A while ago, you may have read my article on my flight review of my first ever flight on an Airbus A330-900neo which I had hoped to enjoy. Unfortunately, it turned out memorable for other reasons. I thought that the episode might have ended there, but a few weeks back, a certain “cabin crew” decided to contact me to demand I remove the article. Here’s what happened and how Thai Lion Air unsurprisingly reacted to this situation.
If you have not read my initial flight review yet, click here to read about my worst flight experience ever on Thai Lion Air SL104 from Bangkok Don Mueang to Singapore by Airbus A330-900neo.
I had received an email from someone claiming to be the “cabin crew (I) previously mentioned on (my) article”, which addressed me by my flight booking/boarding pass name, which is not in the correct order of how it is positioned in my passport or other identification documents. Furthermore, my personal name is not publicly released on RailTravel Station yet, unless you personally know me, of which you would know the order of my name.
Unfortunately, the “cabin crew” failed to actually provide me with his/her name, only signing off with a 2-letter initial, preventing me from actually knowing who sent it. The email address is also a generic free email account, not an official email address from Thai Lion Air, and did not provide any direct lead to any name.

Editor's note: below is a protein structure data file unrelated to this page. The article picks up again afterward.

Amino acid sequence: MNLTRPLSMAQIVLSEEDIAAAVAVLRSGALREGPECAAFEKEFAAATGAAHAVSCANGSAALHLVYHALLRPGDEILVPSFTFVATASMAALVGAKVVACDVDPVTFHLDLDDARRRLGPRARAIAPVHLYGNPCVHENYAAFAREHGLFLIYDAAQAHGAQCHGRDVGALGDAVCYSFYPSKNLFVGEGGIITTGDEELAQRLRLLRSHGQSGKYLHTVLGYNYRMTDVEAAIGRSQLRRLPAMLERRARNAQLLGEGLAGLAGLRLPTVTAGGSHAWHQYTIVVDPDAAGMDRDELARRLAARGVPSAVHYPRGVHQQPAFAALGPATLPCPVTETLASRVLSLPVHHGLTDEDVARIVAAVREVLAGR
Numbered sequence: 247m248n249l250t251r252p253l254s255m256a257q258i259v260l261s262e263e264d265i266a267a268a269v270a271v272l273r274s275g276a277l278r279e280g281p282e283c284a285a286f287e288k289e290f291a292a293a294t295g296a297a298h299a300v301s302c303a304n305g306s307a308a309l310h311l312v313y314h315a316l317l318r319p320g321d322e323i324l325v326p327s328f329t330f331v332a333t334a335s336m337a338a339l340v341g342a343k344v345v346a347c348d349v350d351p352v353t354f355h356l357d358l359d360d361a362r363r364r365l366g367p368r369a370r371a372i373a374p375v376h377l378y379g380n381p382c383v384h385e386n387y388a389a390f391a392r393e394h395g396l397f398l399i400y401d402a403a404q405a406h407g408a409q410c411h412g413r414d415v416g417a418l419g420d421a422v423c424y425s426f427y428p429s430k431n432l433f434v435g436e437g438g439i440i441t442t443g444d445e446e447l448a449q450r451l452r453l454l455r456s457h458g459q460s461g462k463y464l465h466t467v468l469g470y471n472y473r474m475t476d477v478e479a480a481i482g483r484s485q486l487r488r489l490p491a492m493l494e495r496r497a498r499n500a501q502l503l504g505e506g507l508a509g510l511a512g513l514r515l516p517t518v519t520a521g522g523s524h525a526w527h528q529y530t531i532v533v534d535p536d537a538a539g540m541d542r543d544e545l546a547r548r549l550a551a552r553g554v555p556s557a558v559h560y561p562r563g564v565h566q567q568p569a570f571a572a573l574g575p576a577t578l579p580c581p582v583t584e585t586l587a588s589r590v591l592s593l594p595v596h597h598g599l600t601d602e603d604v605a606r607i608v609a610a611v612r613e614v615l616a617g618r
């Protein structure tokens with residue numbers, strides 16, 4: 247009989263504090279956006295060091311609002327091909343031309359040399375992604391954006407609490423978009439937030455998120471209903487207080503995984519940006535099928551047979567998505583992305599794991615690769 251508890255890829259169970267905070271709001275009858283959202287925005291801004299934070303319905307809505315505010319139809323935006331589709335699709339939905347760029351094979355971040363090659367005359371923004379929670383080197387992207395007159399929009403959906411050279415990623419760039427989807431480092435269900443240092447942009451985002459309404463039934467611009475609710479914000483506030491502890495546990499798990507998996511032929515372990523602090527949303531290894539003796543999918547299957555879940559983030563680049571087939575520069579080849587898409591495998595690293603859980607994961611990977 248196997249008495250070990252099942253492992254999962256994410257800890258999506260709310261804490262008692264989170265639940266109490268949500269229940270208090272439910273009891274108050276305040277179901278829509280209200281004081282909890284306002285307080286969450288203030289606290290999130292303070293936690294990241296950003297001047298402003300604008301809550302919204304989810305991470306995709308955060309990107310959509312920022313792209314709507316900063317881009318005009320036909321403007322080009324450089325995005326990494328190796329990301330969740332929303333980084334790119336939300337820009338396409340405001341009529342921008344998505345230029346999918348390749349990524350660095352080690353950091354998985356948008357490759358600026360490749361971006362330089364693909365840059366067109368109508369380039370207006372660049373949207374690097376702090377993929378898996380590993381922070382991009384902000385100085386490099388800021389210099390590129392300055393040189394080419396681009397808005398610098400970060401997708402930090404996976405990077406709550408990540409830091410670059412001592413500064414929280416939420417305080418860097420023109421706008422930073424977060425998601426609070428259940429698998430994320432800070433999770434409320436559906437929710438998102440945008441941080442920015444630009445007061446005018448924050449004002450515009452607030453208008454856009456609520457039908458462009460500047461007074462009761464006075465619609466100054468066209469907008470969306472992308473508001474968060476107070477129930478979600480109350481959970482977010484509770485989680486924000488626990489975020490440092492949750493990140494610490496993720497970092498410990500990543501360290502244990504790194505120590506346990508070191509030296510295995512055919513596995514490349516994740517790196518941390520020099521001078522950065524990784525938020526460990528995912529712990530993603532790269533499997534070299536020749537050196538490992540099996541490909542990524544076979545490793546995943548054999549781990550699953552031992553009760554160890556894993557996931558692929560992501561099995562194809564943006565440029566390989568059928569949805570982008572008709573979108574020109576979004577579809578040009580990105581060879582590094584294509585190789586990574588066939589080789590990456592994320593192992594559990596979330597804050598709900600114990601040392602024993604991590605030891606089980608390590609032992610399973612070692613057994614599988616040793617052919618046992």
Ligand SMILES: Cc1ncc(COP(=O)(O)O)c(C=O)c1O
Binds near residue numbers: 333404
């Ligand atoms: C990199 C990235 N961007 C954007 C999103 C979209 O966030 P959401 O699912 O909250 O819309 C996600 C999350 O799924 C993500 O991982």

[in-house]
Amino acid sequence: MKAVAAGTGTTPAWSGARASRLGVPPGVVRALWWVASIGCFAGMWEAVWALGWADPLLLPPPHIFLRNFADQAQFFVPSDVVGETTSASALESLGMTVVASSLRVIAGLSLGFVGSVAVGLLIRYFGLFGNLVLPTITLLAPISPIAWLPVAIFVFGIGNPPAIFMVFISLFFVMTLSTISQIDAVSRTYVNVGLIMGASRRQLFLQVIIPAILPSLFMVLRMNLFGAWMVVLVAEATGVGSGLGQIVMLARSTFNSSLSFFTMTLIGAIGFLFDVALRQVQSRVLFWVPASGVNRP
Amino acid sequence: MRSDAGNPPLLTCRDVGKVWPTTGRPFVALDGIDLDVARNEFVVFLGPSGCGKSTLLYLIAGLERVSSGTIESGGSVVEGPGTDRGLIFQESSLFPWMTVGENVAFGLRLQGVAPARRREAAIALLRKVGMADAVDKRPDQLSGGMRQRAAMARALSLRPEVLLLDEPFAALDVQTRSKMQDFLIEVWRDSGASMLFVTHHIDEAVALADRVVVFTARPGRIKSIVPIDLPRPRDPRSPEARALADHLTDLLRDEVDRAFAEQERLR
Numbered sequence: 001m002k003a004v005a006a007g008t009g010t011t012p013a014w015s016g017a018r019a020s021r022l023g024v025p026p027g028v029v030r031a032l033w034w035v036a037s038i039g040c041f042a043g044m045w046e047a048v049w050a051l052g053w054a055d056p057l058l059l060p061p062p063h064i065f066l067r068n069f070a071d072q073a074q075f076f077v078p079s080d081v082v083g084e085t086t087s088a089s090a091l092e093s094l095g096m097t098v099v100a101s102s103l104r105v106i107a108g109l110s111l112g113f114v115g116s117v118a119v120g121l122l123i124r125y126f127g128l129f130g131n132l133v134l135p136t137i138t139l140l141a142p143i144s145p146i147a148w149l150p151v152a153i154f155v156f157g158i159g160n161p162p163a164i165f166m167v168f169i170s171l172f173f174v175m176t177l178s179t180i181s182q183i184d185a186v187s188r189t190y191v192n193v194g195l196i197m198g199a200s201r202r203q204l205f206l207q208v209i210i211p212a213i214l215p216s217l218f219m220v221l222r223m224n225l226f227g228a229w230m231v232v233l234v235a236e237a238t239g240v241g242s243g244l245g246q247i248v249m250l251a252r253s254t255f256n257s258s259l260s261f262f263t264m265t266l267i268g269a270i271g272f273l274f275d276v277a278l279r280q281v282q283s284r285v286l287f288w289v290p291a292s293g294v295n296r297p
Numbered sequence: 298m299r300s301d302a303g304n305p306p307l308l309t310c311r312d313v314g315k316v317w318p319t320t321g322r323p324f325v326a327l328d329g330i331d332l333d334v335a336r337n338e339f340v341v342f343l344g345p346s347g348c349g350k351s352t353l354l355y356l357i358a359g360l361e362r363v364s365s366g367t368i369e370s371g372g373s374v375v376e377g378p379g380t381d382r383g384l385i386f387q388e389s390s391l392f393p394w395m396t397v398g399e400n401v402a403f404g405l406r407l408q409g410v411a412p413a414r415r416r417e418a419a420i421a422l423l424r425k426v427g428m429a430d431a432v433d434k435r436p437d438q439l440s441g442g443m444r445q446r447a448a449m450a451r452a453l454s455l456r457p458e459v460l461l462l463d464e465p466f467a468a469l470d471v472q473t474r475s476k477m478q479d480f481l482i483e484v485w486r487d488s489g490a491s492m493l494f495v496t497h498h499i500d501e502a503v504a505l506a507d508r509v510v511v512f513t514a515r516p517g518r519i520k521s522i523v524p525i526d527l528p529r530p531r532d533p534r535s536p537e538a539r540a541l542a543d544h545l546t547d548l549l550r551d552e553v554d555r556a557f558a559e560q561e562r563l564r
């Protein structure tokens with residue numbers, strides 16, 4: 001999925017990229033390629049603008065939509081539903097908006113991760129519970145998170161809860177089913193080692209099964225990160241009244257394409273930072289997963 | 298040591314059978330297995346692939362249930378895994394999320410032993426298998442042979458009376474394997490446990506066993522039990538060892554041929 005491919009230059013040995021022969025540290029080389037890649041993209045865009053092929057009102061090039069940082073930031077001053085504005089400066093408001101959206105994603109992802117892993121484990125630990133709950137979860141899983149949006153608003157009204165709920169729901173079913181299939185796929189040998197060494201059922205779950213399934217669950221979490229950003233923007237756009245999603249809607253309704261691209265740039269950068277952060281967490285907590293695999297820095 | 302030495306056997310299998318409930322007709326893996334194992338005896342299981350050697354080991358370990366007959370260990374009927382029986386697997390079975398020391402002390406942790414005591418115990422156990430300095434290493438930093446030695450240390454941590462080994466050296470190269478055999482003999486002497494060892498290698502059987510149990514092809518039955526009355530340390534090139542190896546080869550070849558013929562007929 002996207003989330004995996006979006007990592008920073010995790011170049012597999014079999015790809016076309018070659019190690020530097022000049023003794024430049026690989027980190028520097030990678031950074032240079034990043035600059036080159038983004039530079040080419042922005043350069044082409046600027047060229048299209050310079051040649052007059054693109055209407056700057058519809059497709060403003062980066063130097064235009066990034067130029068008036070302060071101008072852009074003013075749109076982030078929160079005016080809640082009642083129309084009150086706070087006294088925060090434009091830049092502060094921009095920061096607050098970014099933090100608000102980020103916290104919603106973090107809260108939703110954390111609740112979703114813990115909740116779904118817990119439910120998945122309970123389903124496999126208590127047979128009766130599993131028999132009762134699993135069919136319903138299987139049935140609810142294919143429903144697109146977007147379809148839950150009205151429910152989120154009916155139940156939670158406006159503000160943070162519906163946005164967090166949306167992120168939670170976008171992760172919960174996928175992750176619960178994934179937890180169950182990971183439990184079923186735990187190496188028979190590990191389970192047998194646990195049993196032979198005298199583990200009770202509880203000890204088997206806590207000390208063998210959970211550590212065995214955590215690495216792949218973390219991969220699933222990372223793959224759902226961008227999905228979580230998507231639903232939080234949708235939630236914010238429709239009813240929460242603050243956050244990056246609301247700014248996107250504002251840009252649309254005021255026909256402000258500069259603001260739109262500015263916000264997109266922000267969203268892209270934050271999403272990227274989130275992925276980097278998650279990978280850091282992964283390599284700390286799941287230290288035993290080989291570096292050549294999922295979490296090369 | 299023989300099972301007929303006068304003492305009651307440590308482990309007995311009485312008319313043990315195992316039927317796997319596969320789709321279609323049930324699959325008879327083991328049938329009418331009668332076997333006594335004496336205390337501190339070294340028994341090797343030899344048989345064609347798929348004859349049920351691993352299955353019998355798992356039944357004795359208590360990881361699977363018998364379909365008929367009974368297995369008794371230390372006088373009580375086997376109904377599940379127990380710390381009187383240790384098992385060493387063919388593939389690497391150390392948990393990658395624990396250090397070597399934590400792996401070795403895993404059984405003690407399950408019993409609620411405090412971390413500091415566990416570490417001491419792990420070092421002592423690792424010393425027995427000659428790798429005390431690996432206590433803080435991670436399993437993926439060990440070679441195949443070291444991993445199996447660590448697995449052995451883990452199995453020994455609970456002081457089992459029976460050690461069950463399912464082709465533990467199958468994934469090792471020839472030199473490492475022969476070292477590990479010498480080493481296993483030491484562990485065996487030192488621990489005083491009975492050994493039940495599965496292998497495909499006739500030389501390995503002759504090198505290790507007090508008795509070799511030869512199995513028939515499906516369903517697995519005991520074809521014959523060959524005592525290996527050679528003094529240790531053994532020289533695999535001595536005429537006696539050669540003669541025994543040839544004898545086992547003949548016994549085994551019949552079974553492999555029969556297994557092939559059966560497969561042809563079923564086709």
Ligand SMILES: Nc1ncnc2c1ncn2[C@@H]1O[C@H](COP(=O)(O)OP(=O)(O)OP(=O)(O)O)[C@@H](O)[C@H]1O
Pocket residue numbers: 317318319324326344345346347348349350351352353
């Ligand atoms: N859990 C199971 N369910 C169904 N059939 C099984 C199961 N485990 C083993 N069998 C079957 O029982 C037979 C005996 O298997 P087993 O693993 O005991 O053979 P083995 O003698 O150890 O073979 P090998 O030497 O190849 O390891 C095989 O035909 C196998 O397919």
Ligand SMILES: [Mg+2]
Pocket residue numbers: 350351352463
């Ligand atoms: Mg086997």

Nevertheless, I decided to reply to this “cabin crew” out of respect that he or she took the time to write me an email, so that I can clarify the half-truths of him or her accusing me of posting in the article. As a measure of goodwill, I had also removed the cabin crew’s photo from the article for the time being, while Thai Lion Air conducts their investigation.
In tandem with this, I contacted Thai Lion Air regarding this incident, which this “cabin crew” advised me to do so in his or her initial email.
And so, here is the email I sent to Thai Lion Air.
Thai Lion Air does not have a dedicated feedback email or feedback channel on their website, just a generic one at firstname.lastname@example.org found under the contact details of almost every international office that they have at https://www.lionairthai.com/en/Contact. There is, however, a dedicated Singapore email at email@example.com found on Lion Air’s website at http://lionair.co.id/contact-us/branch-locations, so I included that too.
However, there was no reply at all, both from the generic “info” email or the Singapore “sinkk” email – not even a generic automated receipt email.
After 15 days, I sent this reminder email, and also to include the Tourist Assistance Center under the Ministry of Tourism and Sports (MOTS) into the email thread hoping that this will make Thai Lion Air reply.
True enough, Thai Lion Air did reply swiftly. Yes, it was swift, but it was appalling nonetheless.
“Dear Sir / Madam,
In regards to your email, we do apologize for the bad experience you had with us and the unplesant time you had with our service.
To address your concern we have made sure that the responsible department and relevant staff have received a copy of your compliant so they can review their existing procedures and develop improved ones to prevent this from recurring in the future.